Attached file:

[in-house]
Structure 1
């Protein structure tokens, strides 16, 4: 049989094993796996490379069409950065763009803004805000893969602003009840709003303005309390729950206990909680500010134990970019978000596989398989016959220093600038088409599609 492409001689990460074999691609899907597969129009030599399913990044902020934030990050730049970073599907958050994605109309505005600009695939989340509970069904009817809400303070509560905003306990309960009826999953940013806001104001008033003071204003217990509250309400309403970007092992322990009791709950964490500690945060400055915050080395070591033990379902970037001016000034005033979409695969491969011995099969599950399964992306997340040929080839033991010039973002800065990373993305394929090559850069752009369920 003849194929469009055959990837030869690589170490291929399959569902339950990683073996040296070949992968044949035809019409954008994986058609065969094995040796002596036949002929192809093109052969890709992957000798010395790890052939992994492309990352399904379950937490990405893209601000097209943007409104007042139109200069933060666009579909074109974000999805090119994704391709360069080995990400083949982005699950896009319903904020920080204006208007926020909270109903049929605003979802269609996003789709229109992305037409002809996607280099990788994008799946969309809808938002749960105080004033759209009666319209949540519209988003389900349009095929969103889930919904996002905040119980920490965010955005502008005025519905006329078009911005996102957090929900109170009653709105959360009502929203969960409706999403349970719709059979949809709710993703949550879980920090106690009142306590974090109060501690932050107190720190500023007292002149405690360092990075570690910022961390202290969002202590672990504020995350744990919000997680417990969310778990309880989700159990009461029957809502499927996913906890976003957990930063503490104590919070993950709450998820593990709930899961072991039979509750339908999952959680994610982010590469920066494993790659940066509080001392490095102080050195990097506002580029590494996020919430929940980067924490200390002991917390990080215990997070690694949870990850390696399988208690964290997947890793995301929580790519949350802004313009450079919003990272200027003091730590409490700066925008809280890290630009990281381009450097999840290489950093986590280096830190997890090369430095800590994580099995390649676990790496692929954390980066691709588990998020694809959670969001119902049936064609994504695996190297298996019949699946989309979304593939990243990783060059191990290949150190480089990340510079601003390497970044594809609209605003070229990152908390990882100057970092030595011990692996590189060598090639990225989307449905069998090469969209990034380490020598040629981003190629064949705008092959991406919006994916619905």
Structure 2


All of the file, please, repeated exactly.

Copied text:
[in-house]
Structure 1
């Protein structure tokens, strides 16, 4: 049989094993796996490379069409950065763009803004805000893969602003009840709003303005309390729950206990909680500010134990970019978000596989398989016959220093600038088409599609 492409001689990460074999691609899907597969129009030599399913990044902020934030990050730049970073599907958050994605109309505005600009695939989340509970069904009817809400303070509560905003306990309960009826999953940013806001104001008033003071204003217990509250309400309403970007092992322990009791709950964490500690945060400055915050080395070591033990379902970037001016000034005033979409695969491969011995099969599950399964992306997340040929080839033991010039973002800065990373993305394929090559850069752009369920 003849194929469009055959990837030869690589170490291929399959569902339950990683073996040296070949992968044949035809019409954008994986058609065969094995040796002596036949002929192809093109052969890709992957000798010395790890052939992994492309990352399904379950937490990405893209601000097209943007409104007042139109200069933060666009579909074109974000999805090119994704391709360069080995990400083949982005699950896009319903904020920080204006208007926020909270109903049929605003979802269609996003789709229109992305037409002809996607280099990788994008799946969309809808938002749960105080004033759209009666319209949540519209988003389900349009095929969103889930919904996002905040119980920490965010955005502008005025519905006329078009911005996102957090929900109170009653709105959360009502929203969960409706999403349970719709059979949809709710993703949550879980920090106690009142306590974090109060501690932050107190720190500023007292002149405690360092990075570690910022961390202290969002202590672990504020995350744990919000997680417990969310778990309880989700159990009461029957809502499927996913906890976003957990930063503490104590919070993950709450998820593990709930899961072991039979509750339908999952959680994610982010590469920066494993790659940066509080001392490095102080050195990097506002580029590494996020919430929940980067924490200390002991917390990080215990997070690694949870990850390696399988208690964290997947890793995301929580790519949350802004313009450079919003990272200027003091730590409490700066925008809280890290630009990281381009450097999840290489950093986590280096830190997890090369430095800590994580099995390649676990790496692929954390980066691709588990998020694809959670969001119902049936064609994504695996190297298996019949699946989309979304593939990243990783060059191990290949150190480089990340510079601003390497970044594809609209605003070229990152908390990882100057970092030595011990692996590189060598090639990225989307449905069998090469969209990034380490020598040629981003190629064949705008092959991406919006994916619905």
Structure 2